Various case reports in the last two years have described the efficacy of transarterial ONYX embolization in DAVFs of the anterior cranial fossa, superior sagittal sinus, lesser sphenoid wing, clival DAVFs, and in the isolated sinus. [31],[32],[33],[34] In their study of six DAVF patients who were treated with ONYX, Tulgoat et al. [35] stated that ONYX 18 is a safe treatment and when performed in optimal conditions, fills the total DAVF and its drainage vein or sinus after a single arterial feeder catheterization. Nogueira et al. [36] performed a retrospective analysis of 12 consecutive patients with intracranial DAVFs who were treated with ONYX as the single treatment technique. Cure was noted in ten out of 12 patients; there was no significant morbidity or mortality. They concluded that endovascular treatment of intracranial DAVFs with ONYX is feasible, safe, and highly effective with a small recurrence rate in the short-term follow-up. Carlson et al. [37] reported a series of six patients with symptomatic DAVFs who were treated initially with transarterial ONYX embolization and other endovascular techniques and achieved cure in five patients. None of the patients had worsening of neurological function. They concluded that transarterial ONYX embolization and other endovascular methods can angiographically obliterate DAVF and even allow occlusion of multiple arterial feeding arteries from a single arterial injection. Cognard et al. [38] performed a study of 30 patients of DAVF with cortical venous reflux (CVR), who had been treated with ONYX embolization. Cure rate after embolization with ONYX was 80% (24 out of 30 patients) and complications occurred in two patients.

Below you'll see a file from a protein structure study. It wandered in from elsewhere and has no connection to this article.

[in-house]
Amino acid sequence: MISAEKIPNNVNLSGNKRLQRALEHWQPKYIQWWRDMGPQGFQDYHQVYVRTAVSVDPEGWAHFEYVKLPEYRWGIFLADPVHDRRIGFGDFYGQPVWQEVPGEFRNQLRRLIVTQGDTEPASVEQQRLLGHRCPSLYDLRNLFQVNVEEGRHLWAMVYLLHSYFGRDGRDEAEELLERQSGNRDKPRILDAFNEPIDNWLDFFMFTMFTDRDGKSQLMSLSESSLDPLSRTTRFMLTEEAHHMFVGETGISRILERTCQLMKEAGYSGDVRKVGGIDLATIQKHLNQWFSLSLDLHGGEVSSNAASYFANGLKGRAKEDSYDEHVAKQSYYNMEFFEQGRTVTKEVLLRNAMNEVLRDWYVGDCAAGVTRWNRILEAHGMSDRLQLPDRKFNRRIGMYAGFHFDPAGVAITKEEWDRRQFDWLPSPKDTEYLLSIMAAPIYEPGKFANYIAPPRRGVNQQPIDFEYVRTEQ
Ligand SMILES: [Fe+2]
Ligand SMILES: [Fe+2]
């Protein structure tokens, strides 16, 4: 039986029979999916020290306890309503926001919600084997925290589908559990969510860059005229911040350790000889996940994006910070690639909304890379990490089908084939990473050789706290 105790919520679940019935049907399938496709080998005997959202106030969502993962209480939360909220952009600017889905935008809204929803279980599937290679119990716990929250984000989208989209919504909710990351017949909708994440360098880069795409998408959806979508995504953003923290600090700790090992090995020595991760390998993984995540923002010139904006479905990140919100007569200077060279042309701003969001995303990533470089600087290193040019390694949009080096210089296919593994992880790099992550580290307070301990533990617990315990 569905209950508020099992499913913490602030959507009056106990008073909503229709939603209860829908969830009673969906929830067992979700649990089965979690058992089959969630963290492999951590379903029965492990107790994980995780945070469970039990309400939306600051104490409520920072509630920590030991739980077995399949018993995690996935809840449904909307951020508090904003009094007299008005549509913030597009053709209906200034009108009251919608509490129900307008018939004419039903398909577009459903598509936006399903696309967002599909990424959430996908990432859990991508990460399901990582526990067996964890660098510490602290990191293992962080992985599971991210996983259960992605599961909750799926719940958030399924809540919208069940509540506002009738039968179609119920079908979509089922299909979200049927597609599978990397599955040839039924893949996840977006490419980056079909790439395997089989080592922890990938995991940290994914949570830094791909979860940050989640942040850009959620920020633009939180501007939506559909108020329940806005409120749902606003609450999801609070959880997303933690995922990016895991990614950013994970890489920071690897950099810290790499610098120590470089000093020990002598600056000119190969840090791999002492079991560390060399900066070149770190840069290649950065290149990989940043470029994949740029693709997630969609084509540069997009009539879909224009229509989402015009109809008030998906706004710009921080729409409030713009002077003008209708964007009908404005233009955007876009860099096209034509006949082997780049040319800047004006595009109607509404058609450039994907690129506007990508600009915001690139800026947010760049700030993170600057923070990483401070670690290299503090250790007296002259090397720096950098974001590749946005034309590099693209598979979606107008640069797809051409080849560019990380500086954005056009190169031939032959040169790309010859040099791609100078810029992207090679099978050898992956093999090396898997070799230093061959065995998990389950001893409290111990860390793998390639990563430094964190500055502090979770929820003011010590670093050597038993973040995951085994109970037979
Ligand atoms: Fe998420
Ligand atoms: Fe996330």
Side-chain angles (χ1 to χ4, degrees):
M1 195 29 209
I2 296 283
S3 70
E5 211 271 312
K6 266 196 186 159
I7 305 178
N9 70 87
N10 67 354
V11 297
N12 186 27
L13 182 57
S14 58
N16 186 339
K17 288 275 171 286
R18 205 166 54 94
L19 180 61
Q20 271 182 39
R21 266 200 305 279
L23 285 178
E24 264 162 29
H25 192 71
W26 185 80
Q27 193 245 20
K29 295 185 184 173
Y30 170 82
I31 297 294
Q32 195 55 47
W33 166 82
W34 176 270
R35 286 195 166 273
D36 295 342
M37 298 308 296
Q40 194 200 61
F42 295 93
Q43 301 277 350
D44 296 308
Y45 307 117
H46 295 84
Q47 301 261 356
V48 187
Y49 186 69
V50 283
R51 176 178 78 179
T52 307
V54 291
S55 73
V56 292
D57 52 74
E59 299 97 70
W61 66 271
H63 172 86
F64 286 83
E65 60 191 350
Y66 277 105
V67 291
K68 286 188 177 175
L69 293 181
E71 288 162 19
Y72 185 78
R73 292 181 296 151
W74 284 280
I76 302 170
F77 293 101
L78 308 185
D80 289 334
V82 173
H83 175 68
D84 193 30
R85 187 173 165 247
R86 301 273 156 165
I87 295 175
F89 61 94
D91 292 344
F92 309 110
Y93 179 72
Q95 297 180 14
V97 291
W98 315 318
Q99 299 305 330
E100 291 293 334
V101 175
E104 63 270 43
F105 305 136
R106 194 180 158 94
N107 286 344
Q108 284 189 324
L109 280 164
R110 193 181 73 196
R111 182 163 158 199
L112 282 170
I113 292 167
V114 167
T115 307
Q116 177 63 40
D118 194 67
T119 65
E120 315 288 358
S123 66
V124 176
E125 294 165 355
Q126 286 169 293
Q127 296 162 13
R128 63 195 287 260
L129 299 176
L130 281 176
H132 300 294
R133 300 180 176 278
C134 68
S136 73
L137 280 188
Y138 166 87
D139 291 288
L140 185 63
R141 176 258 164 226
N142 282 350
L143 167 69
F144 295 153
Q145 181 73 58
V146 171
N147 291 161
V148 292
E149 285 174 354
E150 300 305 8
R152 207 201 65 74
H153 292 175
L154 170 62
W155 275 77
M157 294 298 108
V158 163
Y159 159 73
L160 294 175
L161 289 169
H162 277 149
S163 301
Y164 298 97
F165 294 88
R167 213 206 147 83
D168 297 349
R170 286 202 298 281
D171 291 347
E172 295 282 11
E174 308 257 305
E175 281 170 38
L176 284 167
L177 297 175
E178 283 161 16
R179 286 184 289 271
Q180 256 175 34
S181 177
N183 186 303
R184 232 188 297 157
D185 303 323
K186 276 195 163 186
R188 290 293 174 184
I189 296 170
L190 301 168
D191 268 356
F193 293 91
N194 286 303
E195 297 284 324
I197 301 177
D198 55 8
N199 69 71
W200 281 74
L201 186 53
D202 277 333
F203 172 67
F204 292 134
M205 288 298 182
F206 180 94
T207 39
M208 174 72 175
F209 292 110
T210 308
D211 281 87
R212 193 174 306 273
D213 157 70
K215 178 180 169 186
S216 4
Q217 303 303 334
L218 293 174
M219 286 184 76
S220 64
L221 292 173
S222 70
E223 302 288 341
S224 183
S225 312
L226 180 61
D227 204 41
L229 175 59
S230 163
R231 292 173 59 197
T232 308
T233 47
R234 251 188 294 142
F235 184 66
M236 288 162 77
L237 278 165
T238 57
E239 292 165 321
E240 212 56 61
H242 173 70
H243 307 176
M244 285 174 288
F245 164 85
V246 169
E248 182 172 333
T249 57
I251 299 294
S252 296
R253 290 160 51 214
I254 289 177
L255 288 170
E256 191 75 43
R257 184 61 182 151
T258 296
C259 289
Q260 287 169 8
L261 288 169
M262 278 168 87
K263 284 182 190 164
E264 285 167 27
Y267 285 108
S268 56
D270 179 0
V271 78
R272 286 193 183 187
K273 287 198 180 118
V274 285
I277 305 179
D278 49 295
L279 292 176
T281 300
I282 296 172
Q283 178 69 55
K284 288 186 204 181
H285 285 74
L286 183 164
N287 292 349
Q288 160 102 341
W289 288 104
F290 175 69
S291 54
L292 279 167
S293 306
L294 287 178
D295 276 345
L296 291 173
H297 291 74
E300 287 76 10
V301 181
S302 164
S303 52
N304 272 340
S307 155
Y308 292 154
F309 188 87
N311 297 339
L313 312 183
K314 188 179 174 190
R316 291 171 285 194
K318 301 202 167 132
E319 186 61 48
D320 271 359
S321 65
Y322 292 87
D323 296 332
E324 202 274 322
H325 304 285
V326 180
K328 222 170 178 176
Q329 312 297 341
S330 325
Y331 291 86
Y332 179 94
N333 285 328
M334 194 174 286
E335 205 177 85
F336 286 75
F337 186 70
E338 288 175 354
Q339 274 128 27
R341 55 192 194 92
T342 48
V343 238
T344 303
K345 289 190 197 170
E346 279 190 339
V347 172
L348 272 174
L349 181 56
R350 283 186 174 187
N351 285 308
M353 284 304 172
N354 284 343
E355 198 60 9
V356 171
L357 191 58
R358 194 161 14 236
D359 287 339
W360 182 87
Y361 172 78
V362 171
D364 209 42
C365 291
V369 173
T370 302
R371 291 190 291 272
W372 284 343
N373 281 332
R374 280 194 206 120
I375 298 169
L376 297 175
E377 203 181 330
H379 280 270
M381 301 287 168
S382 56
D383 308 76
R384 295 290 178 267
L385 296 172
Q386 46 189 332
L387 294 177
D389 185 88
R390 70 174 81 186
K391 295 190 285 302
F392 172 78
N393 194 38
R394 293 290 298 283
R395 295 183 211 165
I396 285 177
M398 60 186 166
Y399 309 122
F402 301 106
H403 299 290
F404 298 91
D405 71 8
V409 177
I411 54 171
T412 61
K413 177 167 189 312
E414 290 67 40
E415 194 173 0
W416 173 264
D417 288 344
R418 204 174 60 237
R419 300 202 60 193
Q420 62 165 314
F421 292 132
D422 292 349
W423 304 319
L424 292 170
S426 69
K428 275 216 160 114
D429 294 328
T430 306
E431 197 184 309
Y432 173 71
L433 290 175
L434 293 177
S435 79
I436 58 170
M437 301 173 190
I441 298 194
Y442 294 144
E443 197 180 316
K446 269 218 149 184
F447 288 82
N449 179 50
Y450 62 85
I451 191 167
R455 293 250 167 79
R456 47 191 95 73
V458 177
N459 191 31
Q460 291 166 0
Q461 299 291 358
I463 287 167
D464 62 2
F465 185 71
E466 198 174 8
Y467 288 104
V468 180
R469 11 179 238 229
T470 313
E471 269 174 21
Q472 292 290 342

Conclusion Top

This study emphasizes the role of ONYX in the treatment of intracranial DAVFs. ONYX has unique physical properties, which facilitates prolonged injections that can be better controlled, and have a more predictable penetration. Transarterial ONYX embolization should be the first option for all locations, except cavernous DAVFs. ONYX embolization of an isolated sinus with DAVF should replace direct puncture and packing of sinuses. To conclude, ONYX embolization has revolutionized the endovascular treatment of DAVFs, achieving higher cure rates in single sessions with minimal complications. With our experience of ONYX, we recommend ONYX as the primary treatment modality in DAVFs of all locations, except cavernous DAVFs.

   References Top

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Correspondence Address:
Uday Limaye
Division of Interventional Neuroradiology, Department of Radiology, KEM Hospital, Mumbai - 400 012
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Source of Support: None, Conflict of Interest: None

DOI: 10.4103/0971-3026.59748

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  [Figure 1], [Figure 2], [Figure 3], [Figure 4], [Figure 5]